I nodded again. “Yes.”

He exhaled loudly. “Awesome! I’m in.” I hid my shock with an uneasy smile and hugged him tightly. Without argument, he collected his sandwich, flipped off the T.V., and started for the door. “I’ve got a car, Paige!” I only had that moment to pat myself on the back as I collected my newly acquired possessions, shoved a burger in my mouth, and disappeared out the door without a backward glance. We would be back.

“You took your time,” he accused lightly as I approached the stolen, ancient, green pick-up truck. The tailpipe coughed thick, brown smoke with each rev of the engine, but he didn’t seem to care.

I wrinkled my nose in distaste. “Jesus, Jagger. Of all the cars out there, you stole this?”

“I like it,” he argued. “It’s got character.”

I slapped away at the mosquitoes chewing at my arms. “It’s got bugs.”

“Don’t hate on my truck!” He held his chest in mock outrage.

Your truck?” I bellowed.

“No one will notice it,” he shrugged.

Everyone will notice it! It’s a big, green eyesore.”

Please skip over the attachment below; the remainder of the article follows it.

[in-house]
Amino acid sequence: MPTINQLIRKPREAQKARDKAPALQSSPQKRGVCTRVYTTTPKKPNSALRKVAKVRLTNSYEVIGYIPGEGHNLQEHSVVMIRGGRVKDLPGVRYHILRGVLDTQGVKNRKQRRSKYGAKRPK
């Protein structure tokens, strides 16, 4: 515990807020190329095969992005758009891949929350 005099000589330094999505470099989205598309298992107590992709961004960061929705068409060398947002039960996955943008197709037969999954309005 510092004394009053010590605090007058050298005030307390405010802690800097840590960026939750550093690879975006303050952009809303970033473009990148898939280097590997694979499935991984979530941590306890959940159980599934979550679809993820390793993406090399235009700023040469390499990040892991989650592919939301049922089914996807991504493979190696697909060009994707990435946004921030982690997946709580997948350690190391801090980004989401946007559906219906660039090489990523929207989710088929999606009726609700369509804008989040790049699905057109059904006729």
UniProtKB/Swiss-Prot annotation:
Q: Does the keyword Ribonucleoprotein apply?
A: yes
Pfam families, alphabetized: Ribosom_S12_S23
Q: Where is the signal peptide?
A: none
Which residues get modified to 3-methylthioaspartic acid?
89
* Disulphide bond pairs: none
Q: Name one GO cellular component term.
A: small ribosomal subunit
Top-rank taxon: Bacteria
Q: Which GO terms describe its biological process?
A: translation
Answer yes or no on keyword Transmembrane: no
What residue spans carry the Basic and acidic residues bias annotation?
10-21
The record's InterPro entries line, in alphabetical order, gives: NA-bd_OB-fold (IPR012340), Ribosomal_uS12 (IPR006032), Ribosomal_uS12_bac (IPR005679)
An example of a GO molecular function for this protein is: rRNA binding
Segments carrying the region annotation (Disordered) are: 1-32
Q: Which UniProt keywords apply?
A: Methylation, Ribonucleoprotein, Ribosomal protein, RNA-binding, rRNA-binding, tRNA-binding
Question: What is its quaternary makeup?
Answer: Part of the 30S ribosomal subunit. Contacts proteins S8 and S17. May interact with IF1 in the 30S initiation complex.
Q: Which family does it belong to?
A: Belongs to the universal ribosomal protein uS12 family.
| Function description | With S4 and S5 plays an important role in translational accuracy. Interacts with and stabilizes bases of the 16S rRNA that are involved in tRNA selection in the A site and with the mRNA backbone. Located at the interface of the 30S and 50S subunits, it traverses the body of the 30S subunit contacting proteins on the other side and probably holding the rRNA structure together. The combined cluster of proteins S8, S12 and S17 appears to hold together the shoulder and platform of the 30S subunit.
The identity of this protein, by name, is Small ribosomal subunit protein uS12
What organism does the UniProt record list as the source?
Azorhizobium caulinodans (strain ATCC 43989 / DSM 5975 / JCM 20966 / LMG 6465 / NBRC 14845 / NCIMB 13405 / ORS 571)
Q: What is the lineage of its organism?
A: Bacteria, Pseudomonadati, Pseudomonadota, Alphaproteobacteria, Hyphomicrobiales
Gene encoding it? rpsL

He stared at me in exasperation. “Get in the car.”

Not wishing to provoke another one of his episodes, I complied.

I knew the ride back to New York would be a long one, but I hadn’t expected my mind to wander away from the overwhelming presence beside me. Jagger was obviously very ‘go with the flow’ if he could just postpone his plans to head westward in order to give me the chance to get the closure I so desperately desired. He didn’t seem to have a qualm about putting himself in harms way, but I could understand that. Someone was obviously smiling down on us if we had been able to escape the hospital and stay under the radar so far. As far as I was considered, no one who tried to stop us had a chance. Then, once the oddity of Poppy’s condition had been laid to rest, we would settle somewhere quiet but heavily populated with new names; somewhere that no one would ever think to look. And even without my friends and family, I could be genuinely happy with Jagger.

Something that Jagger had said stuck out in my mind, though. Would my former classmates and my parents’ neighbors recognize me with my new hair arrangement? What was I supposed to say to them if they did? Oh, no, no, no, I’m not Paige Taylor, you’re obviously mistaken! My name is—I wasn’t quite there, yet.